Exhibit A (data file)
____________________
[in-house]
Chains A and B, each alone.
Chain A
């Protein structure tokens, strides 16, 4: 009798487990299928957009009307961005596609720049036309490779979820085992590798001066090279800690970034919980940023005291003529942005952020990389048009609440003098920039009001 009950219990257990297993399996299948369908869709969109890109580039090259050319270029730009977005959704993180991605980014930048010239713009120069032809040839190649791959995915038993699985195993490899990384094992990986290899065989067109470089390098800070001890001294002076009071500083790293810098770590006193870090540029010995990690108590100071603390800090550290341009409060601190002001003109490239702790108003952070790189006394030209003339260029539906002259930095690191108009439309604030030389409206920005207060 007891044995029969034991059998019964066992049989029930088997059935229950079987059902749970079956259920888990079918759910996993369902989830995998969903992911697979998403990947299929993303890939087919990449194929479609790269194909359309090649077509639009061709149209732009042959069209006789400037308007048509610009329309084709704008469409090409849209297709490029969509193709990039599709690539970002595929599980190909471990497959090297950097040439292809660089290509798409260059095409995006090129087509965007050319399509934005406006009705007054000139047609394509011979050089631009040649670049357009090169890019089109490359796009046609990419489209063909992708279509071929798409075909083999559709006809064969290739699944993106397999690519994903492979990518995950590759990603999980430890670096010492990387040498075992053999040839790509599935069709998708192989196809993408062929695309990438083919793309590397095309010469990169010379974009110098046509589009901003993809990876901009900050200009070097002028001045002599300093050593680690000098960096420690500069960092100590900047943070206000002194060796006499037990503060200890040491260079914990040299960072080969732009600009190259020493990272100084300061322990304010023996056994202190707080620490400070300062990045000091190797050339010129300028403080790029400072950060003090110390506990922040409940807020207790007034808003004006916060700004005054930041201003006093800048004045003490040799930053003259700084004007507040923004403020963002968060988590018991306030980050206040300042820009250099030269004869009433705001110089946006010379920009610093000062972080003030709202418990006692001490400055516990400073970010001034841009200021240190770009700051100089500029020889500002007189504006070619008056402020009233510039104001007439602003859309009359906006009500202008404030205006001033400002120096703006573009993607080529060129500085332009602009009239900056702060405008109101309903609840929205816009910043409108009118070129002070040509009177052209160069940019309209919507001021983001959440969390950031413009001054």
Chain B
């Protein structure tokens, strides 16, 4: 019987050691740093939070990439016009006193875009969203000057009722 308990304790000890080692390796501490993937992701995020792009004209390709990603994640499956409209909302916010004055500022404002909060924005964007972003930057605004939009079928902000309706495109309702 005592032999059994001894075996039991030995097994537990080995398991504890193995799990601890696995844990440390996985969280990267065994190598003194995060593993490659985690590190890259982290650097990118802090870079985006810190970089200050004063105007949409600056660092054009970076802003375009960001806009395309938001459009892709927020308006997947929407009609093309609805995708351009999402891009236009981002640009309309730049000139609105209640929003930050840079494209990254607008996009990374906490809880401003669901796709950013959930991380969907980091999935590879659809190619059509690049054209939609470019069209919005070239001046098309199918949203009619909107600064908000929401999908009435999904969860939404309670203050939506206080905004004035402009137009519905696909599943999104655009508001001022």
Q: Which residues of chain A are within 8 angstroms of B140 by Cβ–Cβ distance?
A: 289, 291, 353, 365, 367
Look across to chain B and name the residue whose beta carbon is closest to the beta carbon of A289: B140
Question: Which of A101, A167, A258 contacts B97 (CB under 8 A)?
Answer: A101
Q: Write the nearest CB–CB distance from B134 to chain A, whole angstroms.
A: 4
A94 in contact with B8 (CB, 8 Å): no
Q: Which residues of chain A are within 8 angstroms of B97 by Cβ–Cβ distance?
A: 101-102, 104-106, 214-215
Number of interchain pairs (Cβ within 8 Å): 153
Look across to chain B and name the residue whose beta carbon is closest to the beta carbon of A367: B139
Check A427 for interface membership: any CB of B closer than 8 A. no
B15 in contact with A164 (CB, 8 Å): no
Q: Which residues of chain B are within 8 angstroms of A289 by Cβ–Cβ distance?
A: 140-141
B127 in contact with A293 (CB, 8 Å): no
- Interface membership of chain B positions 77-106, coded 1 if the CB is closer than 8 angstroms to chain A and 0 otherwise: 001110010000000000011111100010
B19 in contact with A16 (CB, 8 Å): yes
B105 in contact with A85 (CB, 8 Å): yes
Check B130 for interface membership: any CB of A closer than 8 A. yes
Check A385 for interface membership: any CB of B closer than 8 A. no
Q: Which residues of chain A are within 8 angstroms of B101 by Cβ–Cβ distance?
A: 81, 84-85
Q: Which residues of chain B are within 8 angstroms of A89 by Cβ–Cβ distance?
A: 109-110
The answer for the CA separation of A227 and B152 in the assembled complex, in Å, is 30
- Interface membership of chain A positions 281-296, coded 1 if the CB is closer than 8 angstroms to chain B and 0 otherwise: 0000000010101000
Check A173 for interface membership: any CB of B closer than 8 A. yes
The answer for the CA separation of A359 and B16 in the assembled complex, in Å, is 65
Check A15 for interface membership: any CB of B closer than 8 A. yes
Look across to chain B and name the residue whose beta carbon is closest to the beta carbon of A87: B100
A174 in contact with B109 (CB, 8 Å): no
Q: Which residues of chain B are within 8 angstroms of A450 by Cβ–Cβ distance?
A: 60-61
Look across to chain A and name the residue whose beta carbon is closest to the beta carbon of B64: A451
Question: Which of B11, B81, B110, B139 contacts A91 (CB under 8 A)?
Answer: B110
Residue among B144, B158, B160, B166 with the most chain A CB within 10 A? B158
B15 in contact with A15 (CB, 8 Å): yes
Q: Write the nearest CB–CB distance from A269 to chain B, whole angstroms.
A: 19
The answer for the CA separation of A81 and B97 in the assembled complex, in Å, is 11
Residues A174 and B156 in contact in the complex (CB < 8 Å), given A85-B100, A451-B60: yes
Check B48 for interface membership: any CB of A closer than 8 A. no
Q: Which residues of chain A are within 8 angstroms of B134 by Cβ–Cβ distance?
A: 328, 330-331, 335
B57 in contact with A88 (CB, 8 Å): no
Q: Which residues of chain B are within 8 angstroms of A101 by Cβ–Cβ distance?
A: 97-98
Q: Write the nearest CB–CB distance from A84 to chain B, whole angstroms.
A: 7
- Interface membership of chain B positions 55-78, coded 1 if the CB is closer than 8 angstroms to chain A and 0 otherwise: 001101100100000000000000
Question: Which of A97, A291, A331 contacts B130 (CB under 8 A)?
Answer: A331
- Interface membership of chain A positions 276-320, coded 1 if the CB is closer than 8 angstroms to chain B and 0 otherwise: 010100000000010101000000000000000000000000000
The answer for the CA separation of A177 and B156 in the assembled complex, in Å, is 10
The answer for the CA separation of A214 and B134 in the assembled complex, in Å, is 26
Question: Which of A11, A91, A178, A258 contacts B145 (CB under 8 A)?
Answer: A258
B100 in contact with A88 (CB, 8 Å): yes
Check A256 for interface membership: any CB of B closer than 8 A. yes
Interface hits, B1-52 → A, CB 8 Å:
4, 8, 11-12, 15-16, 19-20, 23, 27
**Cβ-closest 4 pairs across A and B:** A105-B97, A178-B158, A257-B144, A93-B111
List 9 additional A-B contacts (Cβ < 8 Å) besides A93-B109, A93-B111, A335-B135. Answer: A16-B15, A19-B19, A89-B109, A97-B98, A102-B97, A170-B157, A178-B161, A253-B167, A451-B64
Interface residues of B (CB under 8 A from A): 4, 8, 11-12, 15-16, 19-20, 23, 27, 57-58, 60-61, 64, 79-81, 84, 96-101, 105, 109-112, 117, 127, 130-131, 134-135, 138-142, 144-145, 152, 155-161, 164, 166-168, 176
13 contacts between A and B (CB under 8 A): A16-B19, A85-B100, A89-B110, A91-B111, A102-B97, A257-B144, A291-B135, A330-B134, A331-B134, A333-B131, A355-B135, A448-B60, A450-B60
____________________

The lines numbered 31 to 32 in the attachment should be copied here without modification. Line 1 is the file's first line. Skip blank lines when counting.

Q: Which residues of chain B are within 8 angstroms of A89 by Cβ–Cβ distance?
A: 109-110